NEW evidence of nuclear co-operation between North Korea and Iran is becoming a top American concern.
It has emerged that Iranian missile experts were in Pyongyang last month to attend a military parade at which new intermediate-range ballistic missiles capable of carrying nuclear warheads more than 3000km were put on display.
That came before the revelation North Korea had built a hitherto undetected centrifuge plant to enrich uranium that bears a striking resemblance to Iran’s centrifuge plant at Natanz.
North Korea already has a stockpile of plutonium sufficient to make between four and eight crude nuclear weapons. The start-up of a uranium fuel cycle will give it alternative bomb material for its own arsenal or for sale.
“It’s a protection racket,” said Andrei Lankov, a North Korea analyst based in Seoul. “Their message is: we can make a lot of trouble, so it’s much cheaper to pay us off.”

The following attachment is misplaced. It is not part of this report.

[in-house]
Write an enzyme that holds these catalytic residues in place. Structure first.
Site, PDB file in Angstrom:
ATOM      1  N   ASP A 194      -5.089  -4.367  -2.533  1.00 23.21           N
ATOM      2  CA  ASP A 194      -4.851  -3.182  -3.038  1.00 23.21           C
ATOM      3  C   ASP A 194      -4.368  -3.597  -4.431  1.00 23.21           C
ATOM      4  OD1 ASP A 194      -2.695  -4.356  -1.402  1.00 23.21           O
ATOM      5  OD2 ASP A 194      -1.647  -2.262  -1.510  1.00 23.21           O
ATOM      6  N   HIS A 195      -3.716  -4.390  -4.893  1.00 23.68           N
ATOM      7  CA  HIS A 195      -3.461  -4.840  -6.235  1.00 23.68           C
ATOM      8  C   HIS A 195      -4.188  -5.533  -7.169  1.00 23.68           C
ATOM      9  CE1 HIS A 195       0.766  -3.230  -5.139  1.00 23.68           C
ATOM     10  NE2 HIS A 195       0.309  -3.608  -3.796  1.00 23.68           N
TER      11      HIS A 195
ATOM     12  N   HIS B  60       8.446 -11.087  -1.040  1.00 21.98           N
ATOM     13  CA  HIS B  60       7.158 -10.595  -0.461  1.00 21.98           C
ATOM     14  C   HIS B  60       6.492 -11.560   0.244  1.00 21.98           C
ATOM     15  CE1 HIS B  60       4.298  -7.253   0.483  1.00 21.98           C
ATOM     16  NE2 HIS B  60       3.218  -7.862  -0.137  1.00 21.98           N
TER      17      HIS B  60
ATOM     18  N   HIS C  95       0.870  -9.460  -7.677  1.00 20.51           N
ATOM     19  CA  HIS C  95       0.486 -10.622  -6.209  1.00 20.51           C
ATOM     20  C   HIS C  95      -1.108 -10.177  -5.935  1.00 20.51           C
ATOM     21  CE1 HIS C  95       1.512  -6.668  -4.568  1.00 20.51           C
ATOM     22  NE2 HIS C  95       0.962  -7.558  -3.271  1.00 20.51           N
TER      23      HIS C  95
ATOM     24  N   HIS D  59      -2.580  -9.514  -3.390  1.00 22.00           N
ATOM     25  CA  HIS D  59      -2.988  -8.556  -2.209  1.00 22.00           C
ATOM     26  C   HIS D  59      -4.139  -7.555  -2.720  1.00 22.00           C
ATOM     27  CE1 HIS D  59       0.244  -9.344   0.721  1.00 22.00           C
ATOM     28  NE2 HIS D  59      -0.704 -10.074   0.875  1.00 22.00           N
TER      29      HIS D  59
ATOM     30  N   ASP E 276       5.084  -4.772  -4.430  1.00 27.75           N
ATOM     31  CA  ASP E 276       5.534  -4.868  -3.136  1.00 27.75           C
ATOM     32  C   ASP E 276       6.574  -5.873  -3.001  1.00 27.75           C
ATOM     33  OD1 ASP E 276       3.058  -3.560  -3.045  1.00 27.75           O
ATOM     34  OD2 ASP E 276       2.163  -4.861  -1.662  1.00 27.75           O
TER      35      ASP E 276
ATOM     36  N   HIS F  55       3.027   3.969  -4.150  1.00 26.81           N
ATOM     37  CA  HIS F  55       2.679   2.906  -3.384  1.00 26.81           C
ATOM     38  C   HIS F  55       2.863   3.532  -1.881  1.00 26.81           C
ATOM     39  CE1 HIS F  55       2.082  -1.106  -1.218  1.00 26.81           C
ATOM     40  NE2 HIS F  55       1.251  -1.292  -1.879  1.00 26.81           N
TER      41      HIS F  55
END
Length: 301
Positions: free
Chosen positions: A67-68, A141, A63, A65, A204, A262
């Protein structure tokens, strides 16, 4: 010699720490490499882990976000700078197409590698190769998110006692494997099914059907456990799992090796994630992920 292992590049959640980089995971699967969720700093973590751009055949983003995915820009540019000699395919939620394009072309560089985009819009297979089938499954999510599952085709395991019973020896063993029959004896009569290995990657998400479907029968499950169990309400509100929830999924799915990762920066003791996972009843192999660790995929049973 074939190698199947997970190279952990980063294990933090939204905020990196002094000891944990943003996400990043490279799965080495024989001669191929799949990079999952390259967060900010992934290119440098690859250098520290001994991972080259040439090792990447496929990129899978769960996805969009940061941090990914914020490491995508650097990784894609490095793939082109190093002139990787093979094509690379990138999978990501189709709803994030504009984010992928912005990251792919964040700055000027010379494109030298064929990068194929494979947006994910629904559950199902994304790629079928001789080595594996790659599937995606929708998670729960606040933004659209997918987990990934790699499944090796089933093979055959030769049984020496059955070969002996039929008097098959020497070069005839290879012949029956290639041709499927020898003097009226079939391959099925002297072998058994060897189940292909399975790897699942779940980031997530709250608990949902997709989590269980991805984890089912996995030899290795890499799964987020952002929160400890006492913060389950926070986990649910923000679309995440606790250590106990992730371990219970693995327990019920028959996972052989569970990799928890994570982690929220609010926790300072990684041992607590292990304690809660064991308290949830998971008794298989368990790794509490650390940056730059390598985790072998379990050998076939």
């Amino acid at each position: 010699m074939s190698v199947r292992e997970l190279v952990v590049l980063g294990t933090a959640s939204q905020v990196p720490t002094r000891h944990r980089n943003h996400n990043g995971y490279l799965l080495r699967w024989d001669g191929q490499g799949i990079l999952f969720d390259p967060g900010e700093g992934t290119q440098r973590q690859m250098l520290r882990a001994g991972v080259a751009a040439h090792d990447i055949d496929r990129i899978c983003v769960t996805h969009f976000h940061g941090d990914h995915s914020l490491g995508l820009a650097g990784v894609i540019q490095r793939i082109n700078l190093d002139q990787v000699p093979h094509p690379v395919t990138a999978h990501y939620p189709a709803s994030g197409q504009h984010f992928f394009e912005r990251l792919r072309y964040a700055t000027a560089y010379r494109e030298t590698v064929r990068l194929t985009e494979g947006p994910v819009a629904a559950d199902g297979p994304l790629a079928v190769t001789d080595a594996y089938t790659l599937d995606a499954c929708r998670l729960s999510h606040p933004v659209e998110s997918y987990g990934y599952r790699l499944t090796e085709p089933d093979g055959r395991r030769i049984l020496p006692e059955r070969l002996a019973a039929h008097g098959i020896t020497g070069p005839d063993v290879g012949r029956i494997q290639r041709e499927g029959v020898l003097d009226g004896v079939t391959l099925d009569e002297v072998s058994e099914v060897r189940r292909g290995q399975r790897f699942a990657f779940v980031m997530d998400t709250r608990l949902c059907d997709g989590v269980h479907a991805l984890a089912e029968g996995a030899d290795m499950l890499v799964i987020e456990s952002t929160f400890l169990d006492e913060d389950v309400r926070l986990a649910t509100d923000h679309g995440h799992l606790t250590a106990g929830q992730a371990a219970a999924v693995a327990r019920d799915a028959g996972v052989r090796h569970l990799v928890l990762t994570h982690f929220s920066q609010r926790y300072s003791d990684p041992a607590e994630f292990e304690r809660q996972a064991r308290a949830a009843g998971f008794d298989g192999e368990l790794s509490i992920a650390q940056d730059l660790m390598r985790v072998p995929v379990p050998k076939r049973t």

Siegfried Hecker, former head of the Los Alamos nuclear weapons laboratory in the US, said the risk of North Korea exporting weapons material was “more troubling” than the country’s own possession of nuclear bombs.
“What we saw, 2000 centrifuges, that’s about twice what Iran has done so far,” Professor Hecker said in his report of his latest visit to the Yongbyon nuclear site. “I worry about co-operation with Iran.”
He urged Washington to set three red lines for the North Koreans: no new bombs, no bigger bombs and no export of nuclear material.
“A military attack is out of the question. Tightening sanctions is likewise a dead end. The only hope appears to be engagement,” he said.
However, the deepening ties between Tehran and Pyongyang make it likely that Kim Jong-il will extract a high price. “The nuclear power and missile research institutes in the North and Iran are effectively one body,” a defecting North Korean official told Seoul’s Chosun Ilbo. “North Korean nuclear and missile scientists are in Iran and Iranian scientists are in the North. They